Thank you very much for your quick response:
your arguments are clear and perfectly understandable.
I realize that my first message was a bit unclear, so I would like to rephrase it.
Indeed, if you have an analytical hessian you should:
* During optimization iterations: pass on that hessian to a 2nd order method such as Newton method
* Once optimization is finished: calculate the inverse of that hessian
However, if you don't have access to the analytical hessian, gradients and/or hessians are estimated via finite differences.
(My original mail was concerned with that specific situation.)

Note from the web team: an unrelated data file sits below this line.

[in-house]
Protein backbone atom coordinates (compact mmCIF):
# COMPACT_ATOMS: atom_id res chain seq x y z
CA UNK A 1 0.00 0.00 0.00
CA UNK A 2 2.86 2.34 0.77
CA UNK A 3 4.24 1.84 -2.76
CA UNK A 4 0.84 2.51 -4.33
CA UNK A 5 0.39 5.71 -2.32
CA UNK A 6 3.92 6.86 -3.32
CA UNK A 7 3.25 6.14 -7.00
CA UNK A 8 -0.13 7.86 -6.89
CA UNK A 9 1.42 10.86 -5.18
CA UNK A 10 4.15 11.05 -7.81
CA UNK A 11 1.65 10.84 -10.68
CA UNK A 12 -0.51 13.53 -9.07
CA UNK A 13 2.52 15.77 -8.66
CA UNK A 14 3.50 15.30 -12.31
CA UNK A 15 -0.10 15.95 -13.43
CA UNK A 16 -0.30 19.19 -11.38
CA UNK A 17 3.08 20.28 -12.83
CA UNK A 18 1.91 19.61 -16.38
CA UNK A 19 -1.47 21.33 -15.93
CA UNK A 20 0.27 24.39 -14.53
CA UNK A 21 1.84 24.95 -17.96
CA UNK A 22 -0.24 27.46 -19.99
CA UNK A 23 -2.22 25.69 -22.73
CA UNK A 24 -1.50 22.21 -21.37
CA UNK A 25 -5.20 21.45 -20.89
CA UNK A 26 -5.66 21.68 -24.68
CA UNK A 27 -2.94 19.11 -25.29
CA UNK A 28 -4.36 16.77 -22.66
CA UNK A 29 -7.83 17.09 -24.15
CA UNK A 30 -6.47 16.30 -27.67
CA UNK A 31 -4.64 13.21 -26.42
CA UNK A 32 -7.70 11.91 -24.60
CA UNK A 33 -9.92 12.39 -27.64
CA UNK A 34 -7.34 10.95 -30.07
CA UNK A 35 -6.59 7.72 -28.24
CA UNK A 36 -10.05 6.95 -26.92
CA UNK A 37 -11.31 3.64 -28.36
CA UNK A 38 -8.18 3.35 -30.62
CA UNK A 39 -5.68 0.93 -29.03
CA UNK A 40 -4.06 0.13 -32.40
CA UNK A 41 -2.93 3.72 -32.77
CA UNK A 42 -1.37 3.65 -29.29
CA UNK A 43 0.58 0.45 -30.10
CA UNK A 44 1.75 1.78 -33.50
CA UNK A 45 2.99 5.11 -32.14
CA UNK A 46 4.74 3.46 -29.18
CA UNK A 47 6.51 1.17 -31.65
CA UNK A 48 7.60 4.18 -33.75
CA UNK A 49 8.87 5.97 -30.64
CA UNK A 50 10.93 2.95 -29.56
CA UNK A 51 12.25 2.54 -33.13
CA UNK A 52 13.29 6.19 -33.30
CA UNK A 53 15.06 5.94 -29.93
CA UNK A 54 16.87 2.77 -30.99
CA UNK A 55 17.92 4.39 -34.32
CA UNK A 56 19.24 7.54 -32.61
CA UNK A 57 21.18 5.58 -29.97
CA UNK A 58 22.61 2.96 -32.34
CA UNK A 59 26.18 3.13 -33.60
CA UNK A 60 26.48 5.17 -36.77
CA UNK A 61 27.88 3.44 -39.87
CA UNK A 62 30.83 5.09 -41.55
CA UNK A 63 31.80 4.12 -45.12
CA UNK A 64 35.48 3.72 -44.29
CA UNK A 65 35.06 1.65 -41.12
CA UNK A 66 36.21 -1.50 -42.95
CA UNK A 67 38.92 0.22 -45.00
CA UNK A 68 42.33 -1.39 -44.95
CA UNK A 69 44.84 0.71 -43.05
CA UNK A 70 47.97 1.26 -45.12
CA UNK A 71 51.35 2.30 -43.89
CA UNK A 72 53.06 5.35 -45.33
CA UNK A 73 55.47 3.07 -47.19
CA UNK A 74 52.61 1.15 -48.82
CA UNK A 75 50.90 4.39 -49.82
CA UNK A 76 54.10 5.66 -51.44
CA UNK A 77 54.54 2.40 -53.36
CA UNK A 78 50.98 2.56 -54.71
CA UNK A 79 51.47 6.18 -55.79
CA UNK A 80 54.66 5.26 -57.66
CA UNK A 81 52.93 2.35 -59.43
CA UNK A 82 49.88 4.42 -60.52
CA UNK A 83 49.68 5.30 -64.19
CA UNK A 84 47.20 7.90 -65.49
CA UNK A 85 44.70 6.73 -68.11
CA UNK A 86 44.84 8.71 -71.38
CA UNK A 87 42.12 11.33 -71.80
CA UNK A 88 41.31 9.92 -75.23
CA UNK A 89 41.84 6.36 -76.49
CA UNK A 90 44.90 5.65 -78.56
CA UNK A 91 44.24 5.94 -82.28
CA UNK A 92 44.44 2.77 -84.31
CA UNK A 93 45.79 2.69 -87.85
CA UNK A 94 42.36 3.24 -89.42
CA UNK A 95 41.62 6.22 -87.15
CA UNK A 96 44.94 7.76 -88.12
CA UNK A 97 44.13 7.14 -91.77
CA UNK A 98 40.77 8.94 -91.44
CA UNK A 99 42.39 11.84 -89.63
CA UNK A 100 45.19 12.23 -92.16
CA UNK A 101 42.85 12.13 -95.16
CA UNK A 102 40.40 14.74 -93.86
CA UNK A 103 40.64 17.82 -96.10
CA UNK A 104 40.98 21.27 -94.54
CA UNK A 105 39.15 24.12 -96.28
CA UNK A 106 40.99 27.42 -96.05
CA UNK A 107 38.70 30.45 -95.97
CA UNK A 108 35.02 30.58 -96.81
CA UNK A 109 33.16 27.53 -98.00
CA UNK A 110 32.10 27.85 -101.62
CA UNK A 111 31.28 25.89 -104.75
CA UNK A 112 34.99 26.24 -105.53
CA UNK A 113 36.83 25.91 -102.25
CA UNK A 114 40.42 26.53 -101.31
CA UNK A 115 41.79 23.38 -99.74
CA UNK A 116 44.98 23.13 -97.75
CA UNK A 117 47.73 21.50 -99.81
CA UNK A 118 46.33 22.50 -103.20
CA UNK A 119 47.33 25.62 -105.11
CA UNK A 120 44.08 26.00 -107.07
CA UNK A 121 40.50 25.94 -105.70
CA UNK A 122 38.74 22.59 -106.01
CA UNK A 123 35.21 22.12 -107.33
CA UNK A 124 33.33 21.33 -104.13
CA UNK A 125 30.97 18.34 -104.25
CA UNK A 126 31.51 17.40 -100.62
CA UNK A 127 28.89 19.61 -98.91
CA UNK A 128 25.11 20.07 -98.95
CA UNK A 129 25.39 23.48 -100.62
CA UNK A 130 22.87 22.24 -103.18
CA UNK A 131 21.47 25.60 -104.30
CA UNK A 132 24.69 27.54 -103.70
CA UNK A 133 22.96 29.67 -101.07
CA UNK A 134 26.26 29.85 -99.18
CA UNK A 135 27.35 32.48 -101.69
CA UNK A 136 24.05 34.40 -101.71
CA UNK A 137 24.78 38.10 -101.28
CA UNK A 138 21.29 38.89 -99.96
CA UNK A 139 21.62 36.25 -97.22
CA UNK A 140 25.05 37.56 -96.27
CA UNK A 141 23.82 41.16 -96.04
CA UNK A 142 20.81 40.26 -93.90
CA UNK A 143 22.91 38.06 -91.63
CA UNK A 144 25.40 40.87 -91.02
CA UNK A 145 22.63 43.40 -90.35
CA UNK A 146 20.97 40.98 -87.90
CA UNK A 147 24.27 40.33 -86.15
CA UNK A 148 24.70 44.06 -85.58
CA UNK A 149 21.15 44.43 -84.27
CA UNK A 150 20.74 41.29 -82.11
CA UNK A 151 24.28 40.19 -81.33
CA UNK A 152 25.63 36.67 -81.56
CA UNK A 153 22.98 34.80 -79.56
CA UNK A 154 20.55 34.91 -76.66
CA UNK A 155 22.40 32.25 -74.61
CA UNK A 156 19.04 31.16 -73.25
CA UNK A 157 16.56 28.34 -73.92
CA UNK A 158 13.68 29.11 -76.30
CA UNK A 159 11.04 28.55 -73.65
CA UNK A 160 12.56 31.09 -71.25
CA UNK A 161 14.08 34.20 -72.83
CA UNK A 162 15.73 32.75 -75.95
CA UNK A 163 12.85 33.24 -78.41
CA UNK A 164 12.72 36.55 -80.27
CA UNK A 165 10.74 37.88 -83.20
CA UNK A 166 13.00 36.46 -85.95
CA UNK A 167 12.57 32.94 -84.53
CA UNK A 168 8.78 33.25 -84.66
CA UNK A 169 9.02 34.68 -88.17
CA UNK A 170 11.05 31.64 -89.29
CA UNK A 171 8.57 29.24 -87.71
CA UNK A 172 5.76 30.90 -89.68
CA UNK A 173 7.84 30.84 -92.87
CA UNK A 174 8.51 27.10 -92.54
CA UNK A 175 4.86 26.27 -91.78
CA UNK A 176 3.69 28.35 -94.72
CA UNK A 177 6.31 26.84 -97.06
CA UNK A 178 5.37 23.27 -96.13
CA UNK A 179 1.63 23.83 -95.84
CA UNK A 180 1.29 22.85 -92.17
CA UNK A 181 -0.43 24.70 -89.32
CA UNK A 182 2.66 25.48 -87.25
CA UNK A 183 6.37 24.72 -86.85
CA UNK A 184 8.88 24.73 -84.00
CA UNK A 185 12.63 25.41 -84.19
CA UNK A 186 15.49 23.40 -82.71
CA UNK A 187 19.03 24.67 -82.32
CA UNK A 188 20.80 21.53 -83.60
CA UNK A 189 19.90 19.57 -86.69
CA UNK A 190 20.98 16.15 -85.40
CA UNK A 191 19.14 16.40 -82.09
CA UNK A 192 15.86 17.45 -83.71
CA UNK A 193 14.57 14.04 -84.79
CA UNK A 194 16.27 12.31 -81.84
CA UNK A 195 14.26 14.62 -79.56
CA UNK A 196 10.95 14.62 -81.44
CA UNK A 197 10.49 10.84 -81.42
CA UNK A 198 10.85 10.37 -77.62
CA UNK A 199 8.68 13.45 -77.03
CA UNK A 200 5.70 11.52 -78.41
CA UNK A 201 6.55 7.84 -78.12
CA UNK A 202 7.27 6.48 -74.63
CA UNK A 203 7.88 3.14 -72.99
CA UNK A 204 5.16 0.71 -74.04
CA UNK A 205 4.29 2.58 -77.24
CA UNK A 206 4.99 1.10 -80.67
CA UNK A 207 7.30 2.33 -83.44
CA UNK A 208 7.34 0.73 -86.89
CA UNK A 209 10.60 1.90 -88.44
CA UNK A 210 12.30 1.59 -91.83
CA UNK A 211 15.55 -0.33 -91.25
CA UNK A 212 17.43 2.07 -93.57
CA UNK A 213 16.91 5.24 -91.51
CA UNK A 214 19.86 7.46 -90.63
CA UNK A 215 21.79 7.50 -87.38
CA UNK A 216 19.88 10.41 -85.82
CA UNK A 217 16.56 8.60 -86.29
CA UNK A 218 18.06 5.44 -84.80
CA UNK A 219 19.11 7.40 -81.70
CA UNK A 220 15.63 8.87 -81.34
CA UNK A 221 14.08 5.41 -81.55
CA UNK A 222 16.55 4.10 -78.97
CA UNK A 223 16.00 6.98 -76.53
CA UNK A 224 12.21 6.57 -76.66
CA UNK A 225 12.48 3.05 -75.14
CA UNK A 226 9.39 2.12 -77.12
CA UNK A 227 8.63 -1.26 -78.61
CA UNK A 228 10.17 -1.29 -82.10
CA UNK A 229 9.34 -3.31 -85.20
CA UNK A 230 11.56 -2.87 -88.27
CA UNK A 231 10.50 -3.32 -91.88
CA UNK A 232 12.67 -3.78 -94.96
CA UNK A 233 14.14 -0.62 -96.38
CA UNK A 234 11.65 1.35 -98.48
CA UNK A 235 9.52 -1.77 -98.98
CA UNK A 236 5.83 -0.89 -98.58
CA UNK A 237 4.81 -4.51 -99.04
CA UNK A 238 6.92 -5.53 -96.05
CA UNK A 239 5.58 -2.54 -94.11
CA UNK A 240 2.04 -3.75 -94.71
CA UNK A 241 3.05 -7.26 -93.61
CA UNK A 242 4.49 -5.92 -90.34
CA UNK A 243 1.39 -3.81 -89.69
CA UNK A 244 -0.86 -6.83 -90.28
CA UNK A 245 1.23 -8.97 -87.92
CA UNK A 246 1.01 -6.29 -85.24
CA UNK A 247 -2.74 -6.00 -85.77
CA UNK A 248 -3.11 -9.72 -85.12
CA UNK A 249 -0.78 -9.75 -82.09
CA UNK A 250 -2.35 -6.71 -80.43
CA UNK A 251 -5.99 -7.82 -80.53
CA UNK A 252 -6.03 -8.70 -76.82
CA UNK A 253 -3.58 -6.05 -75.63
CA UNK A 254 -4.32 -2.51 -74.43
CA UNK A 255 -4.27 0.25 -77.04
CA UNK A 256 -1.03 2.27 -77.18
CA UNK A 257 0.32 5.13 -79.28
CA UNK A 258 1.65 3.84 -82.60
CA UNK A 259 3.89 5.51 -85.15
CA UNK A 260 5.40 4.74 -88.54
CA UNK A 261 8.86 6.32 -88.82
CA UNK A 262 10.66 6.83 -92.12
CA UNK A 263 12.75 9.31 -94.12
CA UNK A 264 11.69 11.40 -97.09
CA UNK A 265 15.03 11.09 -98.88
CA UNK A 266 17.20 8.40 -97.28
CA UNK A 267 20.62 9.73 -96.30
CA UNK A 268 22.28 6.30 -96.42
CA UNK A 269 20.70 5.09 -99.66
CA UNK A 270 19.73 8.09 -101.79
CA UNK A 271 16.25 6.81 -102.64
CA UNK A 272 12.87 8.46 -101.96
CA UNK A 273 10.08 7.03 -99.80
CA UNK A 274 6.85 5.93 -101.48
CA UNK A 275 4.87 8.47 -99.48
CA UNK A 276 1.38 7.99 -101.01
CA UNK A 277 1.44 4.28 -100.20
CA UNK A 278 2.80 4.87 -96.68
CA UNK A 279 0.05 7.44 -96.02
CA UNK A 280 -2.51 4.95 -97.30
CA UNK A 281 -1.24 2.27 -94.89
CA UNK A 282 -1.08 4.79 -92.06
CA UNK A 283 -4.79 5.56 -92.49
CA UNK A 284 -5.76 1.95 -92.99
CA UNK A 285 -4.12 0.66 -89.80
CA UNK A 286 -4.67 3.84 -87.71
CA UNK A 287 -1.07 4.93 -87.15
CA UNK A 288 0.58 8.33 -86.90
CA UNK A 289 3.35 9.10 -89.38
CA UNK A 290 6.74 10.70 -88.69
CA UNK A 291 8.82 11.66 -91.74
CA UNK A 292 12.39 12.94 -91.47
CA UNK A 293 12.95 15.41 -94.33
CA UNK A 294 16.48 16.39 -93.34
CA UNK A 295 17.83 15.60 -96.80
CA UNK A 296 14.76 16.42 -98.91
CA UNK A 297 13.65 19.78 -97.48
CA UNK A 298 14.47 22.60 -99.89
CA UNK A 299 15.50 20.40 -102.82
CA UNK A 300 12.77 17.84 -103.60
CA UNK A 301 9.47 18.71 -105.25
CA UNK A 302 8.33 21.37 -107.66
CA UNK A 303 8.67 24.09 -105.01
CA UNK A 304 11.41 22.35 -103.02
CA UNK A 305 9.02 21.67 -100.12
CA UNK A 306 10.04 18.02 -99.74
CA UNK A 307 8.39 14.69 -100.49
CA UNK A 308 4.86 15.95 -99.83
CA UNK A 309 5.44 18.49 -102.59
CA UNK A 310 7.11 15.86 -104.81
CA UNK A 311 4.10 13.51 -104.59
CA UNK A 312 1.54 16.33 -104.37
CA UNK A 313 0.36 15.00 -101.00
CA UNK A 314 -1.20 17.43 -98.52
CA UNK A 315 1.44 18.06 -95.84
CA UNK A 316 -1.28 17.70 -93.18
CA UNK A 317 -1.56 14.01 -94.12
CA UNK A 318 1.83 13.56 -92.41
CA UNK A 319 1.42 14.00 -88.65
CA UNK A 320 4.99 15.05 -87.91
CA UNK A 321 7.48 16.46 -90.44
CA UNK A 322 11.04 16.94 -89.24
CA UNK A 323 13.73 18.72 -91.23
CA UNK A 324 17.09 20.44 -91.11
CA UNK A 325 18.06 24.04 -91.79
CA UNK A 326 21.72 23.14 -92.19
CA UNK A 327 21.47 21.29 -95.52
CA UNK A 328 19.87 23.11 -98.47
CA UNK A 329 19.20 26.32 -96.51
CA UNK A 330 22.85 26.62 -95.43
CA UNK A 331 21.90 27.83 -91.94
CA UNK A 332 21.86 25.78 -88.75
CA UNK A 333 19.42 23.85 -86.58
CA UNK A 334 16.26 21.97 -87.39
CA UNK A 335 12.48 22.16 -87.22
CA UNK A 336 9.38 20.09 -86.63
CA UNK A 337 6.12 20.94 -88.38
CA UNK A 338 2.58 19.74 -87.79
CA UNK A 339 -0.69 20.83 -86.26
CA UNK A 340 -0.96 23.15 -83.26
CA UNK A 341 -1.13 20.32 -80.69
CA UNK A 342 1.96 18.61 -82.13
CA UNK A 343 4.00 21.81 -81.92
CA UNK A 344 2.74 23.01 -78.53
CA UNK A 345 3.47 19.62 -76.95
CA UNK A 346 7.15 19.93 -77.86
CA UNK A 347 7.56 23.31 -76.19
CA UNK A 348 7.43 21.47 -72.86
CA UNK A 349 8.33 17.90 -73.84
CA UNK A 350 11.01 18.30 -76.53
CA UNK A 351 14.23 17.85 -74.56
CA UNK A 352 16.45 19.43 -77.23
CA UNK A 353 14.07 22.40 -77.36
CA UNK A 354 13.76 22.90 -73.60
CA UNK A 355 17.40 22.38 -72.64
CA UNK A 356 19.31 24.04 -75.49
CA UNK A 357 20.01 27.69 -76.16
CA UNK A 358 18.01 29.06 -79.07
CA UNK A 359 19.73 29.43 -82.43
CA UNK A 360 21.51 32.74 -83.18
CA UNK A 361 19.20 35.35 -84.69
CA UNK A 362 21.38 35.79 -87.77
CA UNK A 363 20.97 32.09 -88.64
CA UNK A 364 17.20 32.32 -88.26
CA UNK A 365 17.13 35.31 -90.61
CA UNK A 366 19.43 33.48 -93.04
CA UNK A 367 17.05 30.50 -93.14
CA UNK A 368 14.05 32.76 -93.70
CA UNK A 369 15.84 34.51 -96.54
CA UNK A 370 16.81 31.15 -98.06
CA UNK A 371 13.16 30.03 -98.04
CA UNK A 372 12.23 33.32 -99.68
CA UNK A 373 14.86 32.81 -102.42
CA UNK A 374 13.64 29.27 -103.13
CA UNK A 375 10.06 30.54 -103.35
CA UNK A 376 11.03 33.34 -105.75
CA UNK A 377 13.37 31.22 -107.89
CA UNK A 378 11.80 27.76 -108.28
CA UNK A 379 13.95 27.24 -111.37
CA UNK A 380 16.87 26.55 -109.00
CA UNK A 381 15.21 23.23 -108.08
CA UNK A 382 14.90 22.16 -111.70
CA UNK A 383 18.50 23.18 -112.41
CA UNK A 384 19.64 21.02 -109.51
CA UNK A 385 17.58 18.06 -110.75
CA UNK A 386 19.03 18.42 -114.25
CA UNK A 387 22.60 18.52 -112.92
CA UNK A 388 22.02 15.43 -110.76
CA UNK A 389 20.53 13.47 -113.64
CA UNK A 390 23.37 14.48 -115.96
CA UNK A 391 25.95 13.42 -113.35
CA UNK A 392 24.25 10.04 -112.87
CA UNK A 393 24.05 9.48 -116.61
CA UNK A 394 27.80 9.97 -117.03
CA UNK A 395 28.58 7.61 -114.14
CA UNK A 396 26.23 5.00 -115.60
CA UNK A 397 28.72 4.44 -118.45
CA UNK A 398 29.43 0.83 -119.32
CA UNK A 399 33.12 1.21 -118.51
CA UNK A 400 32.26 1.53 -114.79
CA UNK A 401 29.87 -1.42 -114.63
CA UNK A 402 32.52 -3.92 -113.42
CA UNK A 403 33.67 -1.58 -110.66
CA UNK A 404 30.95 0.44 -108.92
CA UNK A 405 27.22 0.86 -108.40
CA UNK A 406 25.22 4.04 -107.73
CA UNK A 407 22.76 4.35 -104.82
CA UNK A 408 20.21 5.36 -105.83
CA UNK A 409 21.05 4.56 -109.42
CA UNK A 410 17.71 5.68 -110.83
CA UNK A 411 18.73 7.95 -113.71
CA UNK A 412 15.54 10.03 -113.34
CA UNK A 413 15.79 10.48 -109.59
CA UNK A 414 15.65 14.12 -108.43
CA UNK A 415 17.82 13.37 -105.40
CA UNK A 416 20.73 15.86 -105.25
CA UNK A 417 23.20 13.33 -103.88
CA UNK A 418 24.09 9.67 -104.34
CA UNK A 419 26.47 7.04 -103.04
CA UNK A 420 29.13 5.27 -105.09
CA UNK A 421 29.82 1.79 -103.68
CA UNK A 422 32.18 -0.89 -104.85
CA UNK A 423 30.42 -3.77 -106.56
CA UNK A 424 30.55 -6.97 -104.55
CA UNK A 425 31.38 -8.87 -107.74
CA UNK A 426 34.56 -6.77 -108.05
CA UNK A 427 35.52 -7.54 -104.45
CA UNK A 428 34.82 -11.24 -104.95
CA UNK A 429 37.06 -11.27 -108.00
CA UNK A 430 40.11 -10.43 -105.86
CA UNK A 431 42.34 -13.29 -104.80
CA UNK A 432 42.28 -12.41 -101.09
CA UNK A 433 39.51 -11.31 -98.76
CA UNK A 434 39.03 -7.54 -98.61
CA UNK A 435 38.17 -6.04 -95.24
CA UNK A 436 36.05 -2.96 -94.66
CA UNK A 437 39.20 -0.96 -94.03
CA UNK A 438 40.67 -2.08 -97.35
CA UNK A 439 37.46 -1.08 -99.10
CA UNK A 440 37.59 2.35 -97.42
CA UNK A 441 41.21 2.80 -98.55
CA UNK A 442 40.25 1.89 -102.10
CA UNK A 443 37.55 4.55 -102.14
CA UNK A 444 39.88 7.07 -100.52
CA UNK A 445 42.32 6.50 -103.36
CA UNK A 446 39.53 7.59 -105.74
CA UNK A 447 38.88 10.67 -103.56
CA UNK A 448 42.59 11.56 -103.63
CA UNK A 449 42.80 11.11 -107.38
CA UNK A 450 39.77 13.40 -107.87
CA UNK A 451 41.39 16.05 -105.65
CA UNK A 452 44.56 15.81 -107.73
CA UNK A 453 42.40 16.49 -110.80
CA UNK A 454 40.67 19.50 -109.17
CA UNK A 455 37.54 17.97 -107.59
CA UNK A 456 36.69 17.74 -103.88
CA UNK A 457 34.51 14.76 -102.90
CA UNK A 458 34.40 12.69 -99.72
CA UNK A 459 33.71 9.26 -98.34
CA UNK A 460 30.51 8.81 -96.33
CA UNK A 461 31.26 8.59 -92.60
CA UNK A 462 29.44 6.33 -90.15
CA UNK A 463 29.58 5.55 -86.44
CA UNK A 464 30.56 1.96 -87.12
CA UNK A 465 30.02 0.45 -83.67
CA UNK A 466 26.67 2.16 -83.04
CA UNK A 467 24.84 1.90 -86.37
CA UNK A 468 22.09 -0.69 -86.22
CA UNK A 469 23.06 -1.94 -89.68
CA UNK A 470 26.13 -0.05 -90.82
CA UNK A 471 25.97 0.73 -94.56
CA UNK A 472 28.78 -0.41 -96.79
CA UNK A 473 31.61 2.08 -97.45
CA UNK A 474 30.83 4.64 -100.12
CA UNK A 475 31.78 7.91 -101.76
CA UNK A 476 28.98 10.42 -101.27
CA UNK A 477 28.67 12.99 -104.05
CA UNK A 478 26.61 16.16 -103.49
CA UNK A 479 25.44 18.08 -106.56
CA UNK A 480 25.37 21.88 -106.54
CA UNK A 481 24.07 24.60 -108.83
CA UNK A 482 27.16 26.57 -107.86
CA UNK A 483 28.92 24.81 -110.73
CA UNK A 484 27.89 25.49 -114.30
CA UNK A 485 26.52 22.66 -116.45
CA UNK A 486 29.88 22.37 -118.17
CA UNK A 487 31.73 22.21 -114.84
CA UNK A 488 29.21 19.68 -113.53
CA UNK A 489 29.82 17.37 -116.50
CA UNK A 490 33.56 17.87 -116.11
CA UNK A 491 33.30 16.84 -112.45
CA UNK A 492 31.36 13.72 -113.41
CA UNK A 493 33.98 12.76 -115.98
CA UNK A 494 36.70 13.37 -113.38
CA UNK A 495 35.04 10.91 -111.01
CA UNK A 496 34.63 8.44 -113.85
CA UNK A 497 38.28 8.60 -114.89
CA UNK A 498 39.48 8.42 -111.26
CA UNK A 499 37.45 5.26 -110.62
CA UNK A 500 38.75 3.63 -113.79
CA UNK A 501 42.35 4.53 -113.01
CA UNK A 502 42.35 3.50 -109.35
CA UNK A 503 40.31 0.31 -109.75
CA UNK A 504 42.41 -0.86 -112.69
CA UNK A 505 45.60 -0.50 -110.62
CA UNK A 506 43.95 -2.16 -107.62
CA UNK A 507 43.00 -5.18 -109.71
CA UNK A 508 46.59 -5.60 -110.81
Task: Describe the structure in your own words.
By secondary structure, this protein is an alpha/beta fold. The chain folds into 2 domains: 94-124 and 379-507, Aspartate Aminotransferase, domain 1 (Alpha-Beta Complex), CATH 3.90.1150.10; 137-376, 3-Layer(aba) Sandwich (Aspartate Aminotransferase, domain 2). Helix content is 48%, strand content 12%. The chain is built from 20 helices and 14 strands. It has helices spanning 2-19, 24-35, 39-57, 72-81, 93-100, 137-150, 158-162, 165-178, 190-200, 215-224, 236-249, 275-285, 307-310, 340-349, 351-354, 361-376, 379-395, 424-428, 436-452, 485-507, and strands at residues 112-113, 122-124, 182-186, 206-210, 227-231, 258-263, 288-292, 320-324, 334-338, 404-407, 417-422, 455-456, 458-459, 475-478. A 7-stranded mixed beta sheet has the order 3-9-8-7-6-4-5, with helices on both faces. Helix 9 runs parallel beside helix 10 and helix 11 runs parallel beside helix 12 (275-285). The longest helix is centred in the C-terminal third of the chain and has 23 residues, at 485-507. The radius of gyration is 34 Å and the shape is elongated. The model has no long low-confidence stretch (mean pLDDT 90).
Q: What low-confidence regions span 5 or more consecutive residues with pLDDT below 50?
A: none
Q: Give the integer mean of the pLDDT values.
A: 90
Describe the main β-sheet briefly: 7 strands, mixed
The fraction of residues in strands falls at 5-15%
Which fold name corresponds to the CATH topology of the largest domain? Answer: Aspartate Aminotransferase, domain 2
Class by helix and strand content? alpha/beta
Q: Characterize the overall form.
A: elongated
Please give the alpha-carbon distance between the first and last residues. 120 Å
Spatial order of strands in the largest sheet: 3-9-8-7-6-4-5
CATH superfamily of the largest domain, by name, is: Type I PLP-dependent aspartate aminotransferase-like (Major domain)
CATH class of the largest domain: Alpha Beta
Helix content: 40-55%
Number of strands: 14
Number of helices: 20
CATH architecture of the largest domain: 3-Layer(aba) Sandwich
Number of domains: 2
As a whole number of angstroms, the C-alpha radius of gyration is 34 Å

When using bfgs, you have 2 alternatives for calculating the inverse of the hessian at the end of the optimization:
1) calculate the inverse of the finite difference approximation of the hessian
2) use the finite difference approximation of the inverse of the hessian (which is calculated at each bfgs iteration)
When I mentioned 'robustness' in my original mail, I meant there are situation where 1) returns non invertible
(or non SDP) hessians but 2) returns a (finite) inverse of hessian.
Concerning your question on packages, I am deeply sorry but I cannot remember where I read this trick for the first time, all I know, is that I am using it in all my own MLE codes when I compute standard errors. Since then, I must have convinced myself that the trick is used everywhere.